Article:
As such, I'm very strongly in favour of explicitly exposing that rather than hiding
it.

FWIW the image class code also does something similar for IMAGE_CMD and image types.

I'm all for making override usage more clear to people. But in this ONE case, I
don't think these are really overrides -- and worse they could cause confusion
because they are ONLY overrides when packaging. So if you use the override
chunk in something that doesn't affect a package specific setting it won't do
anything. It also won't do anything on the functions (I think), as those are
run before the override is loaded.

Specific code I'm talking about BTW is:

http://git.yoctoproject.org/cgit/cgit.cgi/poky/tree/meta/classes/package_rpm.bbclass

starting at line 287. (srcname is PN-src BTW)

then the loop starting at 328. Iterates over PACKAGES and sets the override one
at a time to the package name to get (conffiles, dirnames, summary/description,
pkgv, pkgr, pkge, license, section, description, rdepends, rrecommends,
rsuggests, rprovides, rreplaces, rconflicts, and I suspect a few others...)

Note, I could make the above changes pretty quickly and just submit this as an
implementation change in a few hours. I'd be happy to do that and look for
other 'in-place' usages of d.setVar("OVERRIDE"... to see if there are other
things like this.
As above, I'm very much of the opposite view, I think we want to promote this,
not remove it. Yes, you can emulate overrides with other forms of variable access
but that really isn't how the system was designed to be used.
The view I've also had and used to explain to others. There are two scopes of
variables in OE. global and recipe specific. Adding an override anywhere else,
really adds additional (hidden) scopes to the system.

I guess this metal model of scopes is influenced by 'bitbake -e'. I can run it
against the global system, or a specific recipe. But there is no way for me to
run it on a 'package' scope.

Additional mental issue I have with PACKAGE being a scope, is the limited nature
of the scope. The majority of variables in the system are not modified or used
when in this scope, only a VERY limited amount.. (Now this limited amount can
reference variables in the recipe scope.. But would you ever do:

PACKAGES = "${PN} ${PN}-dev ${PN}-src"

FILES_${PN} = "/foo/${MYFILE}"

MYFILE = "bar"
MYFILE_${PN} = "foo"

Current implementation, /foo/foo would be selected, only during package
processing -- but if you use bitbake -e recipe you can /foo/bar...


So back to what I offered before, from a quicker survey of poky the following
are the only non-global/recipe specific scopes that I was able to find.

'PACKAGE' specific overrides:
package_*.bbclass
update-rc.d.bbclass
insane.bbclass
buildhistory.bbclass

The variables allowed to work in the current form of VAR_pkg is very specific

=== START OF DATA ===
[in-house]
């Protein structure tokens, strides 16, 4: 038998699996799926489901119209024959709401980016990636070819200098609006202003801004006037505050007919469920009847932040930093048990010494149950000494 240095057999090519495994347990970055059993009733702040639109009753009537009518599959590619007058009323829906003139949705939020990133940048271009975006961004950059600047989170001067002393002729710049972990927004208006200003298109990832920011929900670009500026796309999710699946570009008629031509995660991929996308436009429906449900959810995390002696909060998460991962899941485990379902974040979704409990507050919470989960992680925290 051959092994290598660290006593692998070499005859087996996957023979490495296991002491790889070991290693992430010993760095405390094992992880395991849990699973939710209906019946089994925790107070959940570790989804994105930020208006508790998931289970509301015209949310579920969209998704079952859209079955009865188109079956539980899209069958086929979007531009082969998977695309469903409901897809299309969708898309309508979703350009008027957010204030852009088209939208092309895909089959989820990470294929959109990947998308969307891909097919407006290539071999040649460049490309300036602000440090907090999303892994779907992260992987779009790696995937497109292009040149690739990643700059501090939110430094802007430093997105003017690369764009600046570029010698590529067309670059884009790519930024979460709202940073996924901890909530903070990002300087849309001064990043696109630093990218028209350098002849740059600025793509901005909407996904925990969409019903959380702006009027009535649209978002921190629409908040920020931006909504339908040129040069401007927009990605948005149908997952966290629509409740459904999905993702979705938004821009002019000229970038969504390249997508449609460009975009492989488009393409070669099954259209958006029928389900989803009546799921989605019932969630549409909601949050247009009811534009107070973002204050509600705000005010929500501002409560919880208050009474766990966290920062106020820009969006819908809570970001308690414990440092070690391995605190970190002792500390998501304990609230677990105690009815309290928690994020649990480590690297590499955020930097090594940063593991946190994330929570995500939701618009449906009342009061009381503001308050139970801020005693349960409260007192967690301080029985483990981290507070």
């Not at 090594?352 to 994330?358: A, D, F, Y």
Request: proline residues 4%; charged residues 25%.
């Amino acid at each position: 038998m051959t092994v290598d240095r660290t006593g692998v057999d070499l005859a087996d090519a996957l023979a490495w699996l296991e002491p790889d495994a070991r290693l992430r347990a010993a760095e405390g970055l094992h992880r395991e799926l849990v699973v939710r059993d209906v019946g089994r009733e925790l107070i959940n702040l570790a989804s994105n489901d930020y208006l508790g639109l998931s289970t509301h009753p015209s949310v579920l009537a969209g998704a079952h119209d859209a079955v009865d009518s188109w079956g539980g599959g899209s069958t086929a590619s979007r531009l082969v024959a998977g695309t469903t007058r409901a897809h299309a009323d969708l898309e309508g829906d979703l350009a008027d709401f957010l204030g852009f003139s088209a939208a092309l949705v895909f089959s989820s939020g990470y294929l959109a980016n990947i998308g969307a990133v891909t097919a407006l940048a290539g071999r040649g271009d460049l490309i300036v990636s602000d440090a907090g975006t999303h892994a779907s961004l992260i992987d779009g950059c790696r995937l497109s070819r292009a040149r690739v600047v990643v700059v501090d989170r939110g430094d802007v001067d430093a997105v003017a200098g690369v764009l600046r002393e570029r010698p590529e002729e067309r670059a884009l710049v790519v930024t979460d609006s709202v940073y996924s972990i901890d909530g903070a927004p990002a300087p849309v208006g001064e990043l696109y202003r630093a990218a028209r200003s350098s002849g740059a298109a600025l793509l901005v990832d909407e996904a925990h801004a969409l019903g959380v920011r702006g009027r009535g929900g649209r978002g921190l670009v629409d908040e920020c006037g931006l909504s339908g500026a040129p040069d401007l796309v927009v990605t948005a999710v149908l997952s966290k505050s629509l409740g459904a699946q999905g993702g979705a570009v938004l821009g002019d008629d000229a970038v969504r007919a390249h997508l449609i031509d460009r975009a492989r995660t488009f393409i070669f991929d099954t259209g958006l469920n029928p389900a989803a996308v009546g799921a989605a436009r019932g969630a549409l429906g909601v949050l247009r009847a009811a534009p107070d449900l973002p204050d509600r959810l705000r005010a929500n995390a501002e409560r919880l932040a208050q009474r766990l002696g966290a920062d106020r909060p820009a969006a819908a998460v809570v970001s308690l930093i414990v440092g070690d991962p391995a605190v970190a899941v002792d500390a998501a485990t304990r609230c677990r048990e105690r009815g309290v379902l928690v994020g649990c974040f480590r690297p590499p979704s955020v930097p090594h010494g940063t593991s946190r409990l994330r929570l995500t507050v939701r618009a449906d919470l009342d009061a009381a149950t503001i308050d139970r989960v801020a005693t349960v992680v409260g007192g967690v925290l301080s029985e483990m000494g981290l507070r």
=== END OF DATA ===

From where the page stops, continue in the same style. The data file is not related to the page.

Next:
and tailored.


uboot/syslinux/grub have a concept of 'labels', they each implement it slightly
differently but it's the same idea:
uboot-extlinux-config.bbclass
syslinux.bbclass
grub-efi-cfg.bbclass

Again, the list appears to be very specific and minimal from what I could tell.
Unlike the package side, I don't have a lot of experience here. (Variables are
specific to each of those three classes though, but still a limited set.)


'debugfs' usage for images. This appears to be how the debugfs stuff is
implemented:
image.bbclass

I'm not completely sure the range of variables used here. But again it looks
somewhat limited in scope... but this scope could quickly expand if you end up
nesting things variables, but I'm unsure that it would work based on the manual
processing of vardeps that I see.

Cheers,

Richard


Re: Should we change variable override formatting?

Richard Purdie
 

On Fri, 2021-07-16 at 11:44 -0500, Mark Hatle wrote:

On 7/16/21 4:22 AM, Richard Purdie wrote:
On Thu, 2021-07-15 at 09:26 -0500, Mark Hatle wrote:

On 7/15/21 8:56 AM, Richard Purdie wrote:
Breaking things down a bit, one thing I keep running into with our current 
codebase and metadata is that overrides are not clear. In my previous email,
the example was:

do_configure_class-native

A human can usually spot "class-native" is and "configure" or 
"configure_class-native" is not. Bitbake's parser struggles. It has huge 
internal lists including variables like x86_64 where it has to track 
whether "64" in an override.

One way of fixing this is to be explicit about overrides and use a different 
separator. See an example patch below I made to the quilt recipe using ":" 
instead to see how it looks. Personally, I think this looks like an improvement.

There are two challenges:

a) The work of migration. Do we migrate piecemeal or with a flag day? I'm not
   sure piecemeal is even possible unfortunately.